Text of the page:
First a note on sources:  Figures on real GDP, on foreign trade, and on government expenditures, are from the National Income and Product Accounts (NIPA) produced by the Bureau of Economic Analysis (BEA) of the Department of Commerce.  Figures on employment and unemployment are from the Bureau of Labor Statistics (BLS) of the Department of Labor.  Figures on the federal budget deficit are from the Congressional Budget Office (CBO).  And figures on government borrowing are from the US Treasury.

B.  The Growth in GDP and in the Number Employed, and the Unemployment Rate

First, what has happened to overall output, and to jobs?  The chart at the top of this post shows the growth of real GDP, presented in terms of growth over the same period one year before (in order to even out the normal quarterly fluctuations).  GDP was collapsing when Obama took office in January 2009.  He was then able to turn this around quickly, with positive quarterly growth returning in mid-2009, and by mid-2010 GDP was growing at a pace of over 3% (in terms of growth over the year-earlier period).  It then fluctuated within a range from about 1% to almost 4% for the remainder of his term in office.  It would have been higher had the Republican Congress not forced cuts in fiscal expenditures despite the continued unemployment.  But growth still averaged 2.2% per annum in real terms from mid-2009 to end-2016, despite those cuts.

GDP growth under Trump hit 3.0% (over the same period one year before) in the third quarter of 2018.  This is good.  And it is the best such growth since … 2015.  That is not really so special.

Net job growth has followed the same basic path as GDP:

 

Jobs were collapsing when Obama took office, he was quickly able to stabilize this with the stimulus package and other measures (especially by the Fed), and job growth resumed.  By late 2011, net job growth (in terms of rolling 12-month totals (which is the same as the increase over what jobs were one year before) was over 2 million per year.  It went to as high as 3 million by early 2015.  Under Trump, it hit 2 1/2 million by September 2018.  This is pretty good, especially with the economy now at or close to full employment.  And it is the best since … January 2017, the month Obama left office.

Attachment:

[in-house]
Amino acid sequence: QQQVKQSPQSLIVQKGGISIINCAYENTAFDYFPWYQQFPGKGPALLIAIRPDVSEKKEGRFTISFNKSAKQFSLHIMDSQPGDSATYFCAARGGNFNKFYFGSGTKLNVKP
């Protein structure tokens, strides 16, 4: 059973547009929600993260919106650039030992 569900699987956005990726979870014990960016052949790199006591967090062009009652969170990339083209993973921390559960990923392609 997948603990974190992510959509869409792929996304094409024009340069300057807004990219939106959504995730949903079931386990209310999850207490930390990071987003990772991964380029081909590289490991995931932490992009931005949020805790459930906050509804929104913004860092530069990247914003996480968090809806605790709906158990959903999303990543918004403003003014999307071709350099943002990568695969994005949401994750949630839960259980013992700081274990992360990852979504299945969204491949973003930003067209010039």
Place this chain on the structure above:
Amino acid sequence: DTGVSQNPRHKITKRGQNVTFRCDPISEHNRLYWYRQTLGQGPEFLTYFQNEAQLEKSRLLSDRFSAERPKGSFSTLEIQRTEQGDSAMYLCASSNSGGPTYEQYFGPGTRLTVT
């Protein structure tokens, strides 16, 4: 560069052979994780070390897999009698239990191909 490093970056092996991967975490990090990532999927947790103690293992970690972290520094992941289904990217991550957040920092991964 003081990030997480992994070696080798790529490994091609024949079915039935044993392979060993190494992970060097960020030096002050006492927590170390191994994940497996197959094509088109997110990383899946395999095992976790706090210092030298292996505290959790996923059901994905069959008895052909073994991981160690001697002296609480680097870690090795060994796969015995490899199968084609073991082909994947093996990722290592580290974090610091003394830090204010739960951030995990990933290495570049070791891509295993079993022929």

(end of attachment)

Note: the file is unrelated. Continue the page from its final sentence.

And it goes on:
Finally, the unemployment rate:

Unemployment was rising rapidly as Obama was inaugurated, and hit 10% in late 2009.  It then fell, and at a remarkably steady pace.  It could have fallen faster had government spending not been cut back, but nonetheless it was falling.  And this has continued under Trump.  While commendable, it is not a miracle.

C.  Foreign Trade

Trump has also launched a trade war.  Starting in late 2017, high tariffs were imposed on imports of certain foreign-produced products, with such tariffs then raised and extended to other products when foreign countries responded (as one would expect) with tariffs of their own on selected US products.  Trump claims his new tariffs will reduce the US trade deficit.  As discussed in an earlier blog post, such a belief reflects a fundamental misunderstanding of how the trade balance is determined.

But what do we see in the data?:

The trade deficit has not been reduced – it has grown in 2018.  While it might appear there had been some recovery (reduction in the deficit) in the second quarter of the year, this was due to special factors.  Exports primarily of soybeans and corn to China (but also other products, and to other countries where new tariffs were anticipated) were rushed out in that quarter in order arrive before retaliatory tariffs were imposed (which they were – in July 2018 in the case of China).  But this was simply a bringing forward of products that, under normal conditions, would have been exported later.  And as one sees, the trade balance returned to its previous path in the third quarter.